It’s a subtle difference, and when Harlan hands over full responsibility to his son Will and daughter Amanda later this year (“an 80-year-old oughtn’t to be running anything”), they will have decades of experience to draw on. Bob Levy, the director of winegrowing, joined full-time in 1990, winemaker Cory Empting has been there 20 years, estate director Don Weaver since 1986 – two generations of treading the dirt. This is not to mention the “vinemasters” – veteran vineyard workers who are given total responsibility for sections of vineyard, in order to “get to know each vine,” as Harlan puts it. “The continuity is understanding the land.”

The tasting took place at a long table in the fermentation room at Harlan Estate in early March 2020. As well as Bill and Will Harlan, Levy, Empting and Weaver were present, Harlan educator Kelli White, Jamie Ritchie, head of Sotheby’s fine wine, Jim Walker (a long-standing Harlan collector) and critic Elaine Chukan Brown.

The vintages were tasted young to old, 2016 to 1990, in three flights of nine wines. Harlan talked of a work in progress: this was to see it in operation, a clear progression as vines get older, the estate increases in size and parcel selection gets more targeted. Today a blending session comprises up to 150 wines, taken from multiple different vineyard samples, tanks and barrels.

Will Harlan

This was, without doubt, one of the signature tastings of my career. These are some of the most expensive and sought-after wines in the world, and to spend a day tasting them – out of magnum – was a remarkable experience. This is not to say that the wines were approached with undue reverence. Harlan, his longstanding team, and the few guests examined each flight with concentration but not awe.

"Searching for interpretation" - the lineup

The Harlan style runs through the vintages, getting stronger towards the present. The finest wines are brightly perfumed in youth and mellowing to dried petals and dried herb as they age; there is earth, blue fruit ageing to dark, a certain savouriness and sometimes an animal tang (“most of the estate is wild land”). Another hallmark is understated energy, a pure and clear line that runs through each wine and through the decades. The wines have weight and heft – you know where you are with them – but only once was alcohol, or over-ripeness, mentioned. There is marked vintage variation – the notoriously cool and wet 2011, or the famously warm 1997, for example, are unmistakeable.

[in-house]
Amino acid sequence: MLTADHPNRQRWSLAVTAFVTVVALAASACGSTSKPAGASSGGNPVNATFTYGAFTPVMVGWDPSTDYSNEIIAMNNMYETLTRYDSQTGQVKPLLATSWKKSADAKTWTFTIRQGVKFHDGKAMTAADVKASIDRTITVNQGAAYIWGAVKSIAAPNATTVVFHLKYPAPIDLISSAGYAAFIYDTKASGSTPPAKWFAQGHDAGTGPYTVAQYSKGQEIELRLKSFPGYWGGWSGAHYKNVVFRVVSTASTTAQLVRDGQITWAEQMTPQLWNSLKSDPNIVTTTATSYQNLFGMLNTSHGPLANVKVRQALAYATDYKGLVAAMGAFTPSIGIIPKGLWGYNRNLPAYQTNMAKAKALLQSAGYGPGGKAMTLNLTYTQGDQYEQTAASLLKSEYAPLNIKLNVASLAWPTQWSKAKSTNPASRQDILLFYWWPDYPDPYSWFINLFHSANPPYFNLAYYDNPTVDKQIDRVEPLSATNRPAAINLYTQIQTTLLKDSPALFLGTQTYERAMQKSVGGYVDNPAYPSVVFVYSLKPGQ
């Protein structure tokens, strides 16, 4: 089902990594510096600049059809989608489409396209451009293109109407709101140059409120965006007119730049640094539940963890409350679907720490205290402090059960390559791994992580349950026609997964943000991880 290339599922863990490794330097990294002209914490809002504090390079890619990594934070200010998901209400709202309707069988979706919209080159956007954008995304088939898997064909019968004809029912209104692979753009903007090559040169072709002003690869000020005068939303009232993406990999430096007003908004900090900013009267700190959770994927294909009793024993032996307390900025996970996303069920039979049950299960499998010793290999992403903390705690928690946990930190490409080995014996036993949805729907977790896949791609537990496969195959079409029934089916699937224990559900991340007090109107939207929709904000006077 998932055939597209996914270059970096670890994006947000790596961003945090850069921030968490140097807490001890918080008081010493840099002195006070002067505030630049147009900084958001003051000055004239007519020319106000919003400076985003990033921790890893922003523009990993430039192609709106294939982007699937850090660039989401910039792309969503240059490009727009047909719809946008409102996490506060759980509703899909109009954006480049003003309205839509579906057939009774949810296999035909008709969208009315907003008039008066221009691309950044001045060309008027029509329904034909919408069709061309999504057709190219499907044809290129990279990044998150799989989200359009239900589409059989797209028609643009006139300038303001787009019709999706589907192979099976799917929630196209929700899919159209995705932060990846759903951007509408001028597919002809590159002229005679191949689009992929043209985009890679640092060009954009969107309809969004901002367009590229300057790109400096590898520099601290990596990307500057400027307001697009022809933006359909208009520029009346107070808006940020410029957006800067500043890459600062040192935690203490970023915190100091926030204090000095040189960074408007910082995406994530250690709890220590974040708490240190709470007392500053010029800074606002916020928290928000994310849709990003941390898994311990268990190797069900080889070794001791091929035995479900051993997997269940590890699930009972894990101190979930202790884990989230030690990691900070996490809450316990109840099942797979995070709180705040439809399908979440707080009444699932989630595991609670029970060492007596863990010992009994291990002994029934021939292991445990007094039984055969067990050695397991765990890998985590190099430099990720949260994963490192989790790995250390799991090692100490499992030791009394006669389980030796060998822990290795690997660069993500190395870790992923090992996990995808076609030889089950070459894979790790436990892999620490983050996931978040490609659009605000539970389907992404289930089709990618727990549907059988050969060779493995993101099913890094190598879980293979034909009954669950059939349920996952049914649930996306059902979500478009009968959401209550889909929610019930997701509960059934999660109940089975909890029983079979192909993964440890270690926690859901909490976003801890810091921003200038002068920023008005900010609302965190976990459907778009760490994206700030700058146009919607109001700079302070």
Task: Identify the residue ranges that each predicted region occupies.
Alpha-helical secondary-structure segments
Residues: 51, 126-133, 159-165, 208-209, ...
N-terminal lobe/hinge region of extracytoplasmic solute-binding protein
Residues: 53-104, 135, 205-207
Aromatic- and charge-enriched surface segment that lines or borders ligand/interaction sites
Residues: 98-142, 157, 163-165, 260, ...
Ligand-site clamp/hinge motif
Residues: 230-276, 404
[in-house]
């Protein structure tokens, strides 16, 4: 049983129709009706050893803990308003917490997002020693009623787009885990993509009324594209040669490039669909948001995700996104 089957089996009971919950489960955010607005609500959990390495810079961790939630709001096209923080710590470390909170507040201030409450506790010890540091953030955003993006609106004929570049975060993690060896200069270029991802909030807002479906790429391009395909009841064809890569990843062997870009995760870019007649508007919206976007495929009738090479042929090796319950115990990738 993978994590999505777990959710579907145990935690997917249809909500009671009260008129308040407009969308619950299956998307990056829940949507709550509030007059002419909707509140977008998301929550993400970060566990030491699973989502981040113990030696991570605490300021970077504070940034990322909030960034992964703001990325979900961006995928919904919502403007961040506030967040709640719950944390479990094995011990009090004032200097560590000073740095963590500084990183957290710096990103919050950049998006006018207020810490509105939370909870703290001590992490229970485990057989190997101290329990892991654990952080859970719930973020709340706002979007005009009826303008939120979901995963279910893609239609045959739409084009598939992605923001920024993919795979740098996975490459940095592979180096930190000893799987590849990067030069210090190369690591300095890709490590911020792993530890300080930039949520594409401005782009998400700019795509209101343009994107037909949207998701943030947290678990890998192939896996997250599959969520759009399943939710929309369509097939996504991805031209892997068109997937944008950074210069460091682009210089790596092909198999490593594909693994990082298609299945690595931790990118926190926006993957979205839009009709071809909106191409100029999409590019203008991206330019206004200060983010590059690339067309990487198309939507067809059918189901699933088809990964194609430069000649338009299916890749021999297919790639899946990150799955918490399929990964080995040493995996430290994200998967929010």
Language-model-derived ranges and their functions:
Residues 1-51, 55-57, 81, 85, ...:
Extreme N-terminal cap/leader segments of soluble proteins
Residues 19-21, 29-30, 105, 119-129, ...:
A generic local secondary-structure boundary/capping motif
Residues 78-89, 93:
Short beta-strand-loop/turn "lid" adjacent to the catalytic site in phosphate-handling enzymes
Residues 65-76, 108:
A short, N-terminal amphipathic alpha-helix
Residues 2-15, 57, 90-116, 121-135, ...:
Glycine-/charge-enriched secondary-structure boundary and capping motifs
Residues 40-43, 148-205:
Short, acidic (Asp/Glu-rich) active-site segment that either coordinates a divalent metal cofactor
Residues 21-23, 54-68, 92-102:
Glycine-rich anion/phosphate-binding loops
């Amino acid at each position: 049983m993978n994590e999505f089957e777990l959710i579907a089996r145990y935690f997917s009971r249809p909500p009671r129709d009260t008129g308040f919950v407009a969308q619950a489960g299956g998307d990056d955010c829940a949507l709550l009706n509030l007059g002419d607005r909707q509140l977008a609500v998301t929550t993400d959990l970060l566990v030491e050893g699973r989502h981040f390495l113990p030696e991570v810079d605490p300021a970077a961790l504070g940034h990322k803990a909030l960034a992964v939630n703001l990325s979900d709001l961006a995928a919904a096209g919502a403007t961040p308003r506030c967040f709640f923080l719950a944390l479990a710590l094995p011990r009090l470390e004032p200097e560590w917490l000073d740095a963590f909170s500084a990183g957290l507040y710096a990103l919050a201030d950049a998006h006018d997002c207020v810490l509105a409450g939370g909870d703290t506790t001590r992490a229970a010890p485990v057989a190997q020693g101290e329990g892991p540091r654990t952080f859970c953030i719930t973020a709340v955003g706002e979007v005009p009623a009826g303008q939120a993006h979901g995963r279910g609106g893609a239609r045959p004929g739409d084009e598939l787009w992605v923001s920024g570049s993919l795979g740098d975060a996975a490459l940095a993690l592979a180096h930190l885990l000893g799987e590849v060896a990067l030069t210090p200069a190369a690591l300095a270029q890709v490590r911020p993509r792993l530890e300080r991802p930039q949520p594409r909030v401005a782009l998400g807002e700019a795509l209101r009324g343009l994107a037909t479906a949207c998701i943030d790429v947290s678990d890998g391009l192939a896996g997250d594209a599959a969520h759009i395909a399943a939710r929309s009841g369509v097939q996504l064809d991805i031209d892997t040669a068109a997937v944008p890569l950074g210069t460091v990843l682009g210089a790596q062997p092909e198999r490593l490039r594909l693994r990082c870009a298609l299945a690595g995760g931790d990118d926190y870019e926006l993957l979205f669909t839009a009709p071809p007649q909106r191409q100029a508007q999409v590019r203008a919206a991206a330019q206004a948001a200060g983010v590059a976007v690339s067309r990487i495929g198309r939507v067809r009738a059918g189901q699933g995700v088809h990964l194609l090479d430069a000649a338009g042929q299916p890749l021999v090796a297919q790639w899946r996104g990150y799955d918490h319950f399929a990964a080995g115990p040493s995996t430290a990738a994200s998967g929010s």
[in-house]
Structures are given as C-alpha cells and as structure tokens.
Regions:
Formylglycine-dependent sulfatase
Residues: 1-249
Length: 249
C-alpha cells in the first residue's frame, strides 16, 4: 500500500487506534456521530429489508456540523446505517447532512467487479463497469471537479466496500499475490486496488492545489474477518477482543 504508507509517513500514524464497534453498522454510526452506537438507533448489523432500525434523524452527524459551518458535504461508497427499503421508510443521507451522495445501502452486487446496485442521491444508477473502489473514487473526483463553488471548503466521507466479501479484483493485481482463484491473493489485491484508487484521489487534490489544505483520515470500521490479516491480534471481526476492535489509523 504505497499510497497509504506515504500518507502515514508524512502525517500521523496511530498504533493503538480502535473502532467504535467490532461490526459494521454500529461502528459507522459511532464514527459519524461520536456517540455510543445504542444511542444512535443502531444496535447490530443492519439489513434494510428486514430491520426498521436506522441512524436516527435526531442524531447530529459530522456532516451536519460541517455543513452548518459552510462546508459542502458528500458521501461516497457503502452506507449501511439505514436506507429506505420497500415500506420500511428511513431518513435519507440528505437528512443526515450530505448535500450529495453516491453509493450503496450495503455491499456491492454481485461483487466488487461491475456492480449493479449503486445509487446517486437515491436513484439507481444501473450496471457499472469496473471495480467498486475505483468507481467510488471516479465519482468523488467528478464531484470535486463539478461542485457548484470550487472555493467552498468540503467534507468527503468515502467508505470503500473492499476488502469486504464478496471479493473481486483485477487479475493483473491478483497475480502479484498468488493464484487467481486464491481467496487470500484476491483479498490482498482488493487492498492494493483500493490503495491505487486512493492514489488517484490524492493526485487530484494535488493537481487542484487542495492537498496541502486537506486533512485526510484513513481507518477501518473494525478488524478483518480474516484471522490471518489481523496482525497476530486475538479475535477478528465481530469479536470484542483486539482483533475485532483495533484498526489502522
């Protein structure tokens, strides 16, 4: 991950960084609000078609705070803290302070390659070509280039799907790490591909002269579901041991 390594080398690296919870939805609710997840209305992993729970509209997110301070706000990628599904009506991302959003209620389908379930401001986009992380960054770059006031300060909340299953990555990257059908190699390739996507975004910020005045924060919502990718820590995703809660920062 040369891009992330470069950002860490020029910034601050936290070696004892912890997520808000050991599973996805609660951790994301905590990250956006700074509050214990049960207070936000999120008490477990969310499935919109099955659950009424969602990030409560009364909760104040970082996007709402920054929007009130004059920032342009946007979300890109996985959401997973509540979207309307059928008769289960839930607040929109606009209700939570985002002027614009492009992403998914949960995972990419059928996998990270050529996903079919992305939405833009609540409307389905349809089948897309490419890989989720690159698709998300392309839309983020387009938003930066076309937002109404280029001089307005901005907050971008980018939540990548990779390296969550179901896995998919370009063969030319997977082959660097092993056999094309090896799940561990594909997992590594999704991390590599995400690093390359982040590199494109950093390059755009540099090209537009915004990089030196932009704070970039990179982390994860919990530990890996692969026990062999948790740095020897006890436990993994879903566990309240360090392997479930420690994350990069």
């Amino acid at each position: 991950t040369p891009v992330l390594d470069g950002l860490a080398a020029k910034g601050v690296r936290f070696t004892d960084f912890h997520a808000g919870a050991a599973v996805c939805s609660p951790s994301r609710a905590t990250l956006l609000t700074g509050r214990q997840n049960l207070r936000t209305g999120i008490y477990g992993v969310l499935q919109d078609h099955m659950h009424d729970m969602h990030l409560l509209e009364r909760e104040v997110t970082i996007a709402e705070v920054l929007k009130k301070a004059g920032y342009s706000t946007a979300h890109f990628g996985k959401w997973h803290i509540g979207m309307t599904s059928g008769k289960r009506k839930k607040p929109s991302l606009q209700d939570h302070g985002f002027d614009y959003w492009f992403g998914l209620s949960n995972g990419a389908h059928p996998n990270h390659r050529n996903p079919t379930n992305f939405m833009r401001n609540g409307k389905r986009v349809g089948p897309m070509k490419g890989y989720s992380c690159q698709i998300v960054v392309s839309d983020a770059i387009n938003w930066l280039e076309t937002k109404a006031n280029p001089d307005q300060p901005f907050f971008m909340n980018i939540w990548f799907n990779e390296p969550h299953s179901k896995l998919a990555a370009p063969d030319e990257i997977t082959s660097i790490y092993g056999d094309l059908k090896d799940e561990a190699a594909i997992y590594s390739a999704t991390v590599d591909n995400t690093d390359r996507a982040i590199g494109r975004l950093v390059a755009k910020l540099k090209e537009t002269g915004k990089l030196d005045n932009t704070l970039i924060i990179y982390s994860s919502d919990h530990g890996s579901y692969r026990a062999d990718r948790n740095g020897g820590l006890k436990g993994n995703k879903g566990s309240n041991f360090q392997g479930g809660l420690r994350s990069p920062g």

Harlan winemaker Cory Empting

From Bordeaux to Napa, wines of great renown are sometimes described as “smart”, which means they are in some way tailored; they may be delicious, but they are made with an audience in mind. Harlan Estate doesn’t give that impression: you rather understand that here is a winemaker and a team searching for an interpretation of a terroir that is not fixed but changing as the vines age. Bill Harlan returns to this theme again and again. He talks of having “captured” the land, of its protean nature – “as the roots go deeper, the shapes of your blocks move and evolve like amoebas. It’s organic – you don’t lay out the blocks for good, you learn how they change, by being out there in the field.”


As the land changes so do its stewards. The official handover to the next generation is imminent and Harlan is happy. “Everything seems to be in place,” he says. “They’ve never done this before, and I’ve never done it before, but it’s working well.”

The panel’s full comments on all the wines can be found here

Lechmere’s full report on the tasting, plus an interview with Bill Harlan can be found in the new issue of Club Oenologique, available here